On Fox News Channel, reporter Trace Gallagher told anchor Neil Cavuto: “We checked in earlier, Neil, with the ideological bent of the Capital, again, it’s one of the oldest newspapers in the country … we kind of looked at the editorial board, who’s on it, what topics they cover, it’s very much a local newspaper… . Doesn’t really seem to have a major ideological bent, if that plays into the motive at all.”

Cavuto felt the need to assure his audience that the paper was not overly controversial: “Eyeing through it on the Internet, I don’t notice any rabid editorials or polarizing coverage. It just seems like a very solid local paper.”

Journalists around the country offered their support to their colleagues in Annapolis, and many added a defense of their craft: “On this horrific day, let’s establish that journalists are not ‘the enemy of the American people,’ as President Trump has tweeted,” wrote NPR correspondent Melissa Block.

An industry group, Investigative Reporters and Editors, tweeted out the text of the First Amendment.

On his radio show, Fox News host Sean Hannity immediately questioned whether Democratic Rep. Maxine Waters’s call for continuing public harassment of Trump administration officials might have inspired the Capital shooting. “Honestly, I’ve been saying now for days that something horrible’s going to happen because of the rhetoric,” Hannity said. “Really, Maxine, you want people to call your friends, get in their faces?”

The Capital’s reporters urged patience. “We also don’t know anything about motive in this incident,” reporter Chase Cook tweeted at 6:03 p.m. He spelled out the facts he had been able to collect, then added, “I’m devastated.”

The far-right provocateur Milo Yiannopoulos had sent out a message to reporters on Tuesday saying, “I can’t wait for the vigilante squads to start gunning journalists down on sight.” Now, without knowing who shot up the Capital newsroom, some people were connecting dots.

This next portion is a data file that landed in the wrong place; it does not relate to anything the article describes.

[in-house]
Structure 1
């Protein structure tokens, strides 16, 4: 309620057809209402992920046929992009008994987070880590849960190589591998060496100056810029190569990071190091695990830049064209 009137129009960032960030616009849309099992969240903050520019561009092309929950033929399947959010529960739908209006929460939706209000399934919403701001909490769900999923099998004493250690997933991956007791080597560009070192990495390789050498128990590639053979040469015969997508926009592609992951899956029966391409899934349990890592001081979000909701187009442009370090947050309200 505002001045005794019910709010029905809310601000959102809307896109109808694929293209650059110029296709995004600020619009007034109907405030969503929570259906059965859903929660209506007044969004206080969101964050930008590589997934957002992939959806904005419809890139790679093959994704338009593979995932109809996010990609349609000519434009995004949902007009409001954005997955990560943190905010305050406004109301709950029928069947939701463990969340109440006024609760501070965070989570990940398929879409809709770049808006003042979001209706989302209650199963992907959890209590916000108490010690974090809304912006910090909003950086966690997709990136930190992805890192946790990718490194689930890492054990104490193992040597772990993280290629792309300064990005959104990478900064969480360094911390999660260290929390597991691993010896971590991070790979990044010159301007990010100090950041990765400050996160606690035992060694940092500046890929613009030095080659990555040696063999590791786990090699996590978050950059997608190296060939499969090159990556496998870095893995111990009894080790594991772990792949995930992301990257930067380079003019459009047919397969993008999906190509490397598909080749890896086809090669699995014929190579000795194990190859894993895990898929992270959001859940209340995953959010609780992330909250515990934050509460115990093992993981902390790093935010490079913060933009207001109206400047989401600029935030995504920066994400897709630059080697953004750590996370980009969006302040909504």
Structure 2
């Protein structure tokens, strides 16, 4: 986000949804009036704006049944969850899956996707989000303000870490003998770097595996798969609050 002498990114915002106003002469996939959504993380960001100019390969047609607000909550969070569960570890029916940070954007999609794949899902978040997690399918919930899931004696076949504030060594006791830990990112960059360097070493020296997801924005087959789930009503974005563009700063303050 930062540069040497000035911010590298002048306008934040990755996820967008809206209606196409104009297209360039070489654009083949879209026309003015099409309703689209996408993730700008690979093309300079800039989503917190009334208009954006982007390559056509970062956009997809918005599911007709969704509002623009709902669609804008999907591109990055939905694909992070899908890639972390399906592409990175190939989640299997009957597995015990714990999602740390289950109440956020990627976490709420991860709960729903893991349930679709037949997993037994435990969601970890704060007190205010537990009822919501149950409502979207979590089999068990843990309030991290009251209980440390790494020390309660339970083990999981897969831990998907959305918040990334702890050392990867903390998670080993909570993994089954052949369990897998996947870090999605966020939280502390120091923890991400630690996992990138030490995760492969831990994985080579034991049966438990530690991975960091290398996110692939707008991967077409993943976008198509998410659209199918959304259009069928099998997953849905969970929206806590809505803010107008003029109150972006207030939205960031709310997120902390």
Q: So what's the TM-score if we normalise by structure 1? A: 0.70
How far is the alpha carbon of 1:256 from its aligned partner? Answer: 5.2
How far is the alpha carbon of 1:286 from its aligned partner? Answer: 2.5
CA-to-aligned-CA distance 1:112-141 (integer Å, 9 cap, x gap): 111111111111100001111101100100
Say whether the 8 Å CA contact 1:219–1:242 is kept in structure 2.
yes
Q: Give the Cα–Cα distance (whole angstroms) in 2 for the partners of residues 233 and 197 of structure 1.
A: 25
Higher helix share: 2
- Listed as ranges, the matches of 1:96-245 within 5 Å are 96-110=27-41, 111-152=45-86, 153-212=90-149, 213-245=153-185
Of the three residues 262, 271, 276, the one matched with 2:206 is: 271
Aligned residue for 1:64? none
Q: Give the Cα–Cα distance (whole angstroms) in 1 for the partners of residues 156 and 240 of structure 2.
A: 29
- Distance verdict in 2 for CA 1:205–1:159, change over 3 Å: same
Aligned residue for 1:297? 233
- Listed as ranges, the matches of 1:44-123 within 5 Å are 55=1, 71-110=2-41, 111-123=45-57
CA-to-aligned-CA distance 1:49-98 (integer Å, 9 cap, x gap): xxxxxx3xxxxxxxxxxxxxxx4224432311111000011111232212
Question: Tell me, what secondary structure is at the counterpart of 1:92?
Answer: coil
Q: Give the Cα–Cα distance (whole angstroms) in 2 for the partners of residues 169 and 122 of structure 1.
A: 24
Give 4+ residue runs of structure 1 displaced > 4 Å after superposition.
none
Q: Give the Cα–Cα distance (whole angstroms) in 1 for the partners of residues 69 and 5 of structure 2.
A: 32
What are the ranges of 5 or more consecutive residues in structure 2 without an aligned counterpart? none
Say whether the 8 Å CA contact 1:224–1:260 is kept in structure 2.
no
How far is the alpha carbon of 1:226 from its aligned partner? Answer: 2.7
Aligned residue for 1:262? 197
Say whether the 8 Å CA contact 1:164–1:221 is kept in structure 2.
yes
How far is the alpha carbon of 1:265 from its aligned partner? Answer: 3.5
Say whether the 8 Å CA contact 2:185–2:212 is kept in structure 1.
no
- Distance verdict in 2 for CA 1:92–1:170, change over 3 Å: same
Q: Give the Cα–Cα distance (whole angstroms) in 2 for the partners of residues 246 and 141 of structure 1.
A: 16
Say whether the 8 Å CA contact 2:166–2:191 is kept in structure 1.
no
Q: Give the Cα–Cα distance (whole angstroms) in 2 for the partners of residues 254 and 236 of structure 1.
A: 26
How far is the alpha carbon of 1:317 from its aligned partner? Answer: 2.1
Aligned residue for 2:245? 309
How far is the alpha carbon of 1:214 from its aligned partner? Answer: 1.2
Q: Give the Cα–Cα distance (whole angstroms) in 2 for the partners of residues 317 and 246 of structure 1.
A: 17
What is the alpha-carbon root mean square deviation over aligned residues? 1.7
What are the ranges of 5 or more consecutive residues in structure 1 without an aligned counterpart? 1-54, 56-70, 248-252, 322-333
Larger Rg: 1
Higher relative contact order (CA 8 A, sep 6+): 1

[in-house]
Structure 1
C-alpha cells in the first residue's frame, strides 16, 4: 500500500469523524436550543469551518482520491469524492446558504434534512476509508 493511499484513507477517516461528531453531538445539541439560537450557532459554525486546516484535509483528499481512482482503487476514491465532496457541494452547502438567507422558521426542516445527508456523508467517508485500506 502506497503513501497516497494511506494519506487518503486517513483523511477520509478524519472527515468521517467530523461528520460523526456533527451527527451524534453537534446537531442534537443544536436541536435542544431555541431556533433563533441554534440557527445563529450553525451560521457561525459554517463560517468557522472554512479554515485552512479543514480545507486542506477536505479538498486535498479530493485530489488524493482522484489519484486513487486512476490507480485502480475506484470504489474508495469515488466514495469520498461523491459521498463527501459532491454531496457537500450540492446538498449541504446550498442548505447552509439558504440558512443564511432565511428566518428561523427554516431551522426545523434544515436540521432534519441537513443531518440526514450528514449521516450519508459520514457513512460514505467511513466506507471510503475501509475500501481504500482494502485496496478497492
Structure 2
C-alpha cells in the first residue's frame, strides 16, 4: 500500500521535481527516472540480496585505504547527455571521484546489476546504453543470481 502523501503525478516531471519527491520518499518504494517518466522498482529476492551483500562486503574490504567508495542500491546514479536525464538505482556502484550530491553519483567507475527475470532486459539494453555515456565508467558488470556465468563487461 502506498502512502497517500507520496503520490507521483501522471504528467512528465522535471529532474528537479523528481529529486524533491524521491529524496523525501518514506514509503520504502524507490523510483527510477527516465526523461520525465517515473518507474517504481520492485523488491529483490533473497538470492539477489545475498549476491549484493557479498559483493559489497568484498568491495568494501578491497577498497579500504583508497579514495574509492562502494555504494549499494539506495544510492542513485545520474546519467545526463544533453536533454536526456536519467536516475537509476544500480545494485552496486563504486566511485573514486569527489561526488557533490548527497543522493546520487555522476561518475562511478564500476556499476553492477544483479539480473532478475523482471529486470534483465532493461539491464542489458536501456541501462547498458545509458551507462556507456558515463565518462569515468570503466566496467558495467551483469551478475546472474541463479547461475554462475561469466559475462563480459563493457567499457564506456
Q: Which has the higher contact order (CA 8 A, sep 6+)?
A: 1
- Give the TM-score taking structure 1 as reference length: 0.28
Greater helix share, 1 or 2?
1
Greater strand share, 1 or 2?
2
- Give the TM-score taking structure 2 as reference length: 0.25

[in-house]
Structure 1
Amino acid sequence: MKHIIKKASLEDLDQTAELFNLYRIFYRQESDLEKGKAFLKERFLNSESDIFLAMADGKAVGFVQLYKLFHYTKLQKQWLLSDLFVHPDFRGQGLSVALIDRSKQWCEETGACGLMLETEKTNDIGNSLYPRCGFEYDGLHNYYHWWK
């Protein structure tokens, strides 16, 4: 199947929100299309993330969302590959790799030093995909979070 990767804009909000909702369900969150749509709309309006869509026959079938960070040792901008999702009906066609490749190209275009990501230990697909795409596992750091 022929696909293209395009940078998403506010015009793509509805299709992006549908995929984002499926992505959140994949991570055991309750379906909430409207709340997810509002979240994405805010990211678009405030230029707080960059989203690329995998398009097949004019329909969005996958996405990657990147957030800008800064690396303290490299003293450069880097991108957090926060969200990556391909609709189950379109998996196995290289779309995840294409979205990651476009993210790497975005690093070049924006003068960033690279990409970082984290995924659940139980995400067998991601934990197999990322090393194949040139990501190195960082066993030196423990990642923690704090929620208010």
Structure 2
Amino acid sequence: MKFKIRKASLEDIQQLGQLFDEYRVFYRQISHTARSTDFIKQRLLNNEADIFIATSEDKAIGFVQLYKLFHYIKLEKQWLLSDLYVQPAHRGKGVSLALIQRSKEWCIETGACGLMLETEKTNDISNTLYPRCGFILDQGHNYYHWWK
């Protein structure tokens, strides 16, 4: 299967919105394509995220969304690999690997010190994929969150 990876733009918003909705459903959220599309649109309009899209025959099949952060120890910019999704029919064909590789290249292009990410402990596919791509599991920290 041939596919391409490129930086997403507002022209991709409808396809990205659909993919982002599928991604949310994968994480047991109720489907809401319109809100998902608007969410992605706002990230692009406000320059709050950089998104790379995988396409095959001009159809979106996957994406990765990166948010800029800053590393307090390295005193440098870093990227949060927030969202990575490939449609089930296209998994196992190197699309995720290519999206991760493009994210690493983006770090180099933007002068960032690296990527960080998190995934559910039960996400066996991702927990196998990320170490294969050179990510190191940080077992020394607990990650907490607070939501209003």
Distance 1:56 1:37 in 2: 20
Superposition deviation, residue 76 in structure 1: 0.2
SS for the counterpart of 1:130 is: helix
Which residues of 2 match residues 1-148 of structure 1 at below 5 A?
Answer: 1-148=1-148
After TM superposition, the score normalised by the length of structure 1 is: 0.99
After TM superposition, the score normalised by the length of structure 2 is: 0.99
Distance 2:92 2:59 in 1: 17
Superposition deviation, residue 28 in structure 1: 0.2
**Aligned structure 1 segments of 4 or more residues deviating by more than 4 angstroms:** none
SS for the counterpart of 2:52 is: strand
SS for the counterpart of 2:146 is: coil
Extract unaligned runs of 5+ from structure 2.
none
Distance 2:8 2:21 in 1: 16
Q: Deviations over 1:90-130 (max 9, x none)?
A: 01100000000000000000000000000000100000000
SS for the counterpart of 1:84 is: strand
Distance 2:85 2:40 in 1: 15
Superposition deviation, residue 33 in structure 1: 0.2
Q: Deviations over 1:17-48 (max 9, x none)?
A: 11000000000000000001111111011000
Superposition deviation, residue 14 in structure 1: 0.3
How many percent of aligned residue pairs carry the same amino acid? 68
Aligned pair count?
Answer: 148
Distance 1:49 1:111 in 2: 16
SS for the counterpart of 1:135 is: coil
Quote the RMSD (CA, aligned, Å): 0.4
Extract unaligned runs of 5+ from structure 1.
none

Yiannopoulos put out a statement saying that his inflammatory words were “a private, offhand troll to two hostile reporters,” “a joke” that was never meant to be widely distributed. “You guys should decide whether you think I’m ‘disgraced, irrelevant and over’ or ‘so dangerous I inspire mass shootings,’ ” he wrote on Facebook. “I can’t be both.”

In Annapolis, the shootings were a blow not only against the local paper, but against neighbors. “The Capital Gazette is my hometown paper,” Gov. Larry Hogan, R, said in a statement, “and I have the greatest respect for the fine journalists, and all the men and women, who work there. They serve each day to shine light on the world around us so that we might see with more clarity and greater understanding.”

With a daily print circulation of about 29,000 as of 2014, the Capital had only 31 reporters and editors. “We are close,” tweeted reporter Danielle Ohl. “We are family.”

Sportswriter Bill Wagner put word out that “I am okay. Thank God I was not at the office … However, many of my colleagues and friends are not okay and that is solely where my thoughts are right now.”

The surviving staffers, augmented by colleagues from the Baltimore Sun, which bought the paper in 2014, worked against the most crushing deadline of their careers.

“I am okay physically, so far, mentally I am a mess,” wrote Capital photographer Paul W. Gillespie, who was in the newsroom when the shootings took place. “I am in shock trying to process this horrible situation.”

“I can tell you this,” Capital reporter Cook tweeted. “We are putting out a damn paper tomorrow.”

The Washington Post’s Fenit Nirappil contributed to this report.